Screen capture is a very important functionality or ability any computer user should not be without. It allows users to visualize what they see on their screen to others, for instance, to convey an error message to tech support or to instruct others on using certain programs in a visual way. There are several ways to capture a computer screen in Windows. They include PicPick and the Windows built-in Snipping Tool. This time, we’ll discuss using PicPick vs Snipping Tool.
First, let’s discuss Snipping Tool. Snipping Tool is a built-in Windows app similar to SnagIt. SnagIt revolutionized screen capture by allowing users to capture only parts of a screen compared to the usual way of pressing the PrtScr button present on most PC keyboards.
A short history lesson before continuing on our PicPick vs Snipping Tool topic. The PrtScr button stands for Print Screen, which during the DOS/character-based era, was used to print the contents of the screen directly to a printer. By pressing the button, screen data is immediately sent to the printer. In the Windows era, the PrtScr button only captures the entire screen to memory which can be pasted as a graphic to apps such as Word, Excel, and mostly, Microsoft Paint for annotation and editing. Pressing Alt+PrtScr allows the user to capture only the active window and not the full screen.
SnagIt revolutionized screen capture by allowing users to select which area of the screen they actually need, compared to capturing everything. It also allowed the annotation of the screen snippet before the snippet gets used in other applications. Unlike conventional print screen, SnagIt makes MS Paint unnecessary for cropping, editing, or annotating screenshots. Fast forward to Windows 7, Windows users got the built-in Snipping Tool, which is most similar in function, shoving Snag-It to irrelevance.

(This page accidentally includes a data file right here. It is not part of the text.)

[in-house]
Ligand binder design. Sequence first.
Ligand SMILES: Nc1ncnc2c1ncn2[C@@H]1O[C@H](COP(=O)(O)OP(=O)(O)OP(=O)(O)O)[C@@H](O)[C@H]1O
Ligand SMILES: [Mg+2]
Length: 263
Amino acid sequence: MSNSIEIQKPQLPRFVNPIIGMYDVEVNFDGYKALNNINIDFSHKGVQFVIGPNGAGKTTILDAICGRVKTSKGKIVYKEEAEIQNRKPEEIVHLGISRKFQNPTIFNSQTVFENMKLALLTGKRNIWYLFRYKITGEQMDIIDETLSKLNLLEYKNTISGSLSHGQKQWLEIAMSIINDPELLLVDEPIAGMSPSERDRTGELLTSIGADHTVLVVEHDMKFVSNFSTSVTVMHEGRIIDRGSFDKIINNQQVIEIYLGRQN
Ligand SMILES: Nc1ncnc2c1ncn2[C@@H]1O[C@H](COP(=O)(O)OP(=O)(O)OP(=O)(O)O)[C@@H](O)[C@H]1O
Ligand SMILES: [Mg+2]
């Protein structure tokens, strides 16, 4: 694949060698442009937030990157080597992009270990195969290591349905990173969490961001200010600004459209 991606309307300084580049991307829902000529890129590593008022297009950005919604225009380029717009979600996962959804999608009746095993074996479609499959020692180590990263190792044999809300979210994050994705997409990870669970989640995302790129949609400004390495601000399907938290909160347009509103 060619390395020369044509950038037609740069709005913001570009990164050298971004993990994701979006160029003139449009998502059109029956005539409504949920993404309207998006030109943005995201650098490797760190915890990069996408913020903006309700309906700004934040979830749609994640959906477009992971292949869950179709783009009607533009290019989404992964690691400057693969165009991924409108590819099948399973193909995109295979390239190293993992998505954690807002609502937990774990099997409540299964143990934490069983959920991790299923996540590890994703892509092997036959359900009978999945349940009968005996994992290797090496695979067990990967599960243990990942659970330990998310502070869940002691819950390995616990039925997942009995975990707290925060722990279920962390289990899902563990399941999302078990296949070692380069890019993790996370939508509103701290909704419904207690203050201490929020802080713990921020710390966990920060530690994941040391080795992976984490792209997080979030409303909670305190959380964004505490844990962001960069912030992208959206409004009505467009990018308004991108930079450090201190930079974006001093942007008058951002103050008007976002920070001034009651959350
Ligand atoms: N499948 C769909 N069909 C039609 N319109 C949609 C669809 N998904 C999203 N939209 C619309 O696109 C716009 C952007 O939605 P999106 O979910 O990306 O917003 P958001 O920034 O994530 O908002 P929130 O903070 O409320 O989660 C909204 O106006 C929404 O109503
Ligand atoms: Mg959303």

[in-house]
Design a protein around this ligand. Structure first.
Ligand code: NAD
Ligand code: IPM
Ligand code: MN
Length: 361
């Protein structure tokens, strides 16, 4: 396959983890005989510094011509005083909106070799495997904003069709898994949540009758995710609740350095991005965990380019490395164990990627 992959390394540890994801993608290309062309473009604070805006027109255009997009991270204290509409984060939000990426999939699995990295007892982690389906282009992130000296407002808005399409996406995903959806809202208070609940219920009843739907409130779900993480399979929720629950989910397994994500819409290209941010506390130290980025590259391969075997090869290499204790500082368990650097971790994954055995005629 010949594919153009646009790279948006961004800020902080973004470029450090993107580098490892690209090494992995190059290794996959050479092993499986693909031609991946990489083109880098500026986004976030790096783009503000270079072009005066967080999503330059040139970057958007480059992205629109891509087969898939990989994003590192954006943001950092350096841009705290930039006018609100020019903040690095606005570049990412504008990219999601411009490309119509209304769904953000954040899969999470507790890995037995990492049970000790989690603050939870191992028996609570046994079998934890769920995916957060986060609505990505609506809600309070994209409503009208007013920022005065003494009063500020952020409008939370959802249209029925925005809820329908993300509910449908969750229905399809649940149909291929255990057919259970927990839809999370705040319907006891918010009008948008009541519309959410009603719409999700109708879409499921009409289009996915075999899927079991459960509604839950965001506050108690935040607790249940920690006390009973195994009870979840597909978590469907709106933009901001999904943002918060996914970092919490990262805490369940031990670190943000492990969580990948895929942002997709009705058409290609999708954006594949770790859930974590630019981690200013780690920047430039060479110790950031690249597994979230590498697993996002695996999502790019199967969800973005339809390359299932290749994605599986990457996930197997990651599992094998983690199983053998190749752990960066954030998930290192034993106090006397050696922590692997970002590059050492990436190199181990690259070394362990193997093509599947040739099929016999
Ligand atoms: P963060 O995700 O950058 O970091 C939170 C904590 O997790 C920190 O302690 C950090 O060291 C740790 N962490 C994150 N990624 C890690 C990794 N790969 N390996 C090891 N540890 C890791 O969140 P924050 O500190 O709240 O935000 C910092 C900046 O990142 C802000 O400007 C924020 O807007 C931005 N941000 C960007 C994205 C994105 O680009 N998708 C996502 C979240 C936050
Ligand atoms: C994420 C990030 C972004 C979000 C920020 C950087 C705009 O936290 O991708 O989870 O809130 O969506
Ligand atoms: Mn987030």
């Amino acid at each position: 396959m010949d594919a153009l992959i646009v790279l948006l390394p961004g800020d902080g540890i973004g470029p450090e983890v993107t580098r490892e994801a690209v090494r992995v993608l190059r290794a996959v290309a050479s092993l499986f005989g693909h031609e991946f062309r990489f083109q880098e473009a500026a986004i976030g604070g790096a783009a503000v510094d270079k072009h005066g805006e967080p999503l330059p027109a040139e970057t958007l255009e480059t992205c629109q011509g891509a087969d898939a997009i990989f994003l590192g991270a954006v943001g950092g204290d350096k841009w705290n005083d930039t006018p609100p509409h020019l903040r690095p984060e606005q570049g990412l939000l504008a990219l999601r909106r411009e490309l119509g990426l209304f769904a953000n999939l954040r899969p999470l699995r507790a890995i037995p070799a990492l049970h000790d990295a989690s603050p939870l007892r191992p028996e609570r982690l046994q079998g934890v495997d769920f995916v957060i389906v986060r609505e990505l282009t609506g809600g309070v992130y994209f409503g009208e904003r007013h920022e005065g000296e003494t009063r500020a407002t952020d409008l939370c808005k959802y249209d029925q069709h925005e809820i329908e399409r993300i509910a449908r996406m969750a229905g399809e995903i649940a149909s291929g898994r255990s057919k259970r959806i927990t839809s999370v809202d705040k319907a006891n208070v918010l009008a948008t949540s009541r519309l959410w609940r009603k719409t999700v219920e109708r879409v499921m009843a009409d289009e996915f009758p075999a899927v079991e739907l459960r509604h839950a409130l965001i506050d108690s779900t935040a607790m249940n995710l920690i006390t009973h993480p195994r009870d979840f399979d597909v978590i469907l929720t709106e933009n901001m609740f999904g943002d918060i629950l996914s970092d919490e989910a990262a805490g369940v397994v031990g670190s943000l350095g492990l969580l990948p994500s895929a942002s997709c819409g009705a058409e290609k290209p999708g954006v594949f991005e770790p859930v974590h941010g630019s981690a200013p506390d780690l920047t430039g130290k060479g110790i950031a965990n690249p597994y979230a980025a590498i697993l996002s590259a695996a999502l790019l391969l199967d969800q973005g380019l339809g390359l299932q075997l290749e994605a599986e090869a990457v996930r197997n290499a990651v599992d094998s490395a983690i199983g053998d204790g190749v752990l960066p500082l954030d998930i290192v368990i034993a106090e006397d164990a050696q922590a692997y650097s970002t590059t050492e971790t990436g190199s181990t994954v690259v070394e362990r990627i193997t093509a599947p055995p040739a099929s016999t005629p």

Snipping Tool allowed for custom screen capture, allowing users to capture desired sections of the screen. Users can also control how the sections are shaped and can even capture the screen using a time delay. The captured sections can then be annotated before use. However, beginning with Windows 10, the Snipping Tool has been replaced by Snip and Sketch – an upgraded version of Snipping Tool. Snipping Tool remains a legacy app for users who are too used to using it. Snip and Sketch is built-in and can be activated by pressing Win+Shift+S.
We now move on to PicPick, a powerful multi-purpose screen capture app from a company called NGWIN. In the simplest sense, PicPick takes the older PrintScreen method of screen capture to the next level. Instead of copying the captured screen to the clipboard to be pasted onto MS Paint for editing, the app automatically opens an in-built editor very similar to MS Paint. Pressing the PrtScr activates PicPick when installed. Also when capturing the screen, PicPick allows other methods of screen capture such as full screen, region capture, window control capture, a powerful scrolling window capture, and free hand capture. PickPick also includes a color picker, a magnifier, a pixel ruler to measure screen objects, a coordinate capturing crosshair cursor, a protractor, and a whiteboard for drawing on the screen itself prior to capture.
With all the aforementioned tools available, it’s safe to say which is the winner of the PicPick vs Snipping Tool battle. Snipping Tool is on the way out anyway and PicPick’s true opponent is Snip and Sketch. PicPick would be the undisputed winner if both Snipping Tool and Snip and Sketch weren’t totally free. Try downloading PicPick now if your work involves plenty of screen capturing.